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Does specifier mean "the" and "possesser" and determiner mean "the" and "possessive 's"?

  • 'Specifier' is just another name for 'determiner'. – BillJ Apr 7 at 10:55
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Determiner is a grammatical category for words like "the" and "a." Some theories claim that possessive 's is also a determiner.

Specifier is a grammatical relation in certain theories, such as X-bar theory. Determiners are frequently considered specifiers of nouns, although there are some people who follow the "DP-hypothesis" that the determiners are the heads, and nouns are the complements (another grammatical relation).

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The term specifier denotes a set position in a fixed schema, the X-bar schema. In contrast, the term determiner denotes a specific word category. The next illustration is from Wikipedia (X-bar theory):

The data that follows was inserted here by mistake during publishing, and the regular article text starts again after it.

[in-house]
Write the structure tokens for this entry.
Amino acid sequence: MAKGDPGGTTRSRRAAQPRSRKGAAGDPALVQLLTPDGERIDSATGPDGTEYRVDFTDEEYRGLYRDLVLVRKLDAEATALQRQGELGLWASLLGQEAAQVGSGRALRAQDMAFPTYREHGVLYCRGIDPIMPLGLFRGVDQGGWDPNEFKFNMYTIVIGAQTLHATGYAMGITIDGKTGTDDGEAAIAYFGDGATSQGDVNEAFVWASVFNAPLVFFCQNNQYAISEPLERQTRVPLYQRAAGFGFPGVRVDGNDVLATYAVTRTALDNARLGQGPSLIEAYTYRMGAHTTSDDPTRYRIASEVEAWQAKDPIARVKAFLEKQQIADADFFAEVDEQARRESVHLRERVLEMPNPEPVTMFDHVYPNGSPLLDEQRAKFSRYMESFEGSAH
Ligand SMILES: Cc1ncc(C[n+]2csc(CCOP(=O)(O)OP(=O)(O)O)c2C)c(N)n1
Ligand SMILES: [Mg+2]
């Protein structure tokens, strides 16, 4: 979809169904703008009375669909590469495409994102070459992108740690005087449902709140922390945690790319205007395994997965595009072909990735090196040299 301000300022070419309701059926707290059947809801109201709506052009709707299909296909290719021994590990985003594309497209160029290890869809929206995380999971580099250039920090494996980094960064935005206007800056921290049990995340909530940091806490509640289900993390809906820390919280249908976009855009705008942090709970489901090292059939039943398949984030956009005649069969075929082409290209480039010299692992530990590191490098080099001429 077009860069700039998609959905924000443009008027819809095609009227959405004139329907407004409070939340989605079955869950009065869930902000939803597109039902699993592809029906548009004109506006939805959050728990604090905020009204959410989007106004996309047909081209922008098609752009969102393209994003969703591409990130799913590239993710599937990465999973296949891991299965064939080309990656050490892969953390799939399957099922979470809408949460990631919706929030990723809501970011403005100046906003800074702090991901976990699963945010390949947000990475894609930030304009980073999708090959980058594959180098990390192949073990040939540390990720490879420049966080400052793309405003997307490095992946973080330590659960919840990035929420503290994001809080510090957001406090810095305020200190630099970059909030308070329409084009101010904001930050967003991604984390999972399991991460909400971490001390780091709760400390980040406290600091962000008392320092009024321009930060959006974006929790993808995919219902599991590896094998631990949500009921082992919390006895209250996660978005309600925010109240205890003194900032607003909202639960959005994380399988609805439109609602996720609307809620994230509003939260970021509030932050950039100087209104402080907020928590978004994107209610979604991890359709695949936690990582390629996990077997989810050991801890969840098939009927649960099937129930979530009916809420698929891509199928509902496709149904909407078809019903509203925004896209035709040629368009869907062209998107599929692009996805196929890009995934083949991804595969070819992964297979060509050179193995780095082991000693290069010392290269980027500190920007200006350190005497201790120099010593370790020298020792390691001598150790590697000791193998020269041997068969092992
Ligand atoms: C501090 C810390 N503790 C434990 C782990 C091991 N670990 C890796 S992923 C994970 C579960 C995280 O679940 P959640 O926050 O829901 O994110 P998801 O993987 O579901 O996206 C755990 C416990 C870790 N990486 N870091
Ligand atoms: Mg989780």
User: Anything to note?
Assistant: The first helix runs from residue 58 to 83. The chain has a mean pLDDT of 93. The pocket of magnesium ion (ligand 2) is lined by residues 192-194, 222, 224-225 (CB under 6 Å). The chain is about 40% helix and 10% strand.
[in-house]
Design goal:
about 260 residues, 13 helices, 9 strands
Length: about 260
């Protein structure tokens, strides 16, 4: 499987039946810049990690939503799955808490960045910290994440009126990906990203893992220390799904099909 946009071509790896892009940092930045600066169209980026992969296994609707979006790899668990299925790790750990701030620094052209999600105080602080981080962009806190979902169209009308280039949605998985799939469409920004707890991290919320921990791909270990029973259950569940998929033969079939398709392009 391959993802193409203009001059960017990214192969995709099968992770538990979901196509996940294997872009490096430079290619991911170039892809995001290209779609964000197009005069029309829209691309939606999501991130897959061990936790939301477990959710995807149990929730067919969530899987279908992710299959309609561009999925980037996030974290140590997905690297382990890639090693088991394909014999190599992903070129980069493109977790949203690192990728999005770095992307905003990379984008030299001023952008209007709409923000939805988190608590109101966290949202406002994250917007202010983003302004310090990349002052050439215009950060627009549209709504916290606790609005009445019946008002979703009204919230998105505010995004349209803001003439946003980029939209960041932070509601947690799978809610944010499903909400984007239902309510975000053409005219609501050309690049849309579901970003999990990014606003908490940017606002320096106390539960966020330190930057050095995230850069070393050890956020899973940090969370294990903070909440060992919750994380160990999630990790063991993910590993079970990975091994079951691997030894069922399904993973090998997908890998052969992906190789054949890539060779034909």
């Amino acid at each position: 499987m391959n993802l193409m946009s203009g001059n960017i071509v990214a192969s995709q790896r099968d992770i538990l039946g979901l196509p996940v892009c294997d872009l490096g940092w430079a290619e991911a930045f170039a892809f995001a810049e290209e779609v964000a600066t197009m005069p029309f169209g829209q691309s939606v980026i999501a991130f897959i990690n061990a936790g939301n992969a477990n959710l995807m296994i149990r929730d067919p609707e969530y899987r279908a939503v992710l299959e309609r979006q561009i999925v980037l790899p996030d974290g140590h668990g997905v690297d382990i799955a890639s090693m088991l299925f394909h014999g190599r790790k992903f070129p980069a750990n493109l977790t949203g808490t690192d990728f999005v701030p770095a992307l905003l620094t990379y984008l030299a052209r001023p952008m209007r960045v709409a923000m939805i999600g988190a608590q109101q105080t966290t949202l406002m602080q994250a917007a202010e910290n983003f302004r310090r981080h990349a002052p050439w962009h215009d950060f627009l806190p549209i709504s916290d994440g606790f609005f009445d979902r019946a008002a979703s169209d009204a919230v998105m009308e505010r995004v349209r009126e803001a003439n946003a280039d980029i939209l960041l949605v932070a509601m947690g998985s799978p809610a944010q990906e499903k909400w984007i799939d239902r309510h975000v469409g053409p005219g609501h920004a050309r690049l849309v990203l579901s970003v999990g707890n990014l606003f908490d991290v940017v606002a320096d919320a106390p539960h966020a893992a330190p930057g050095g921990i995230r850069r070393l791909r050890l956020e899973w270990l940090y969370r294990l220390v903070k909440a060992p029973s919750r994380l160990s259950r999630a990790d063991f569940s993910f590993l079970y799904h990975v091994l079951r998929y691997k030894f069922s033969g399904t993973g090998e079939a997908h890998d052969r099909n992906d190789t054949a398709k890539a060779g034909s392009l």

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The spec marks the specifier position. Often, a determiner occupies the specifier position (in the event that one is dealing with a noun phrase). Thus, in a noun phrase such as the discussion of politics, the determiner the occupies the specifier position and can hence also be viewed as a specifier. The possessive forms my, your, his, her, etc. are determiners like the definite article the, which means they also occupy the specifier position in noun phrases and can therefore also be viewed as specifiers.

In general, though, the X-bar schema is viewed as valid for all phrase categories, so in the event that one has, say, a clause at hand (instead of a noun phrase), the subject is positioned in the specifier position. Thus, an entire phrase can be viewed as a specifier.

Indeed, possessive 's can be viewed as the head of a determiner phrase, whereby it is then the entire phrase that is deemed to be a specifier. For instance, Wilma's, my uncle's, the person we met's, etc. are all headed by 's and can therefore be viewed as determiner phrases. It is these phrases that occupy the specifier position in the schema, not just 's alone.

In sum, the term specifier is a broader term than determiner insofar as a number of distinct word categories and even entire phrases can occupy the specifier position in the schema and hence be viewed as specifiers.

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  • Thank you for the diagram. – jlawler Apr 6 at 18:23

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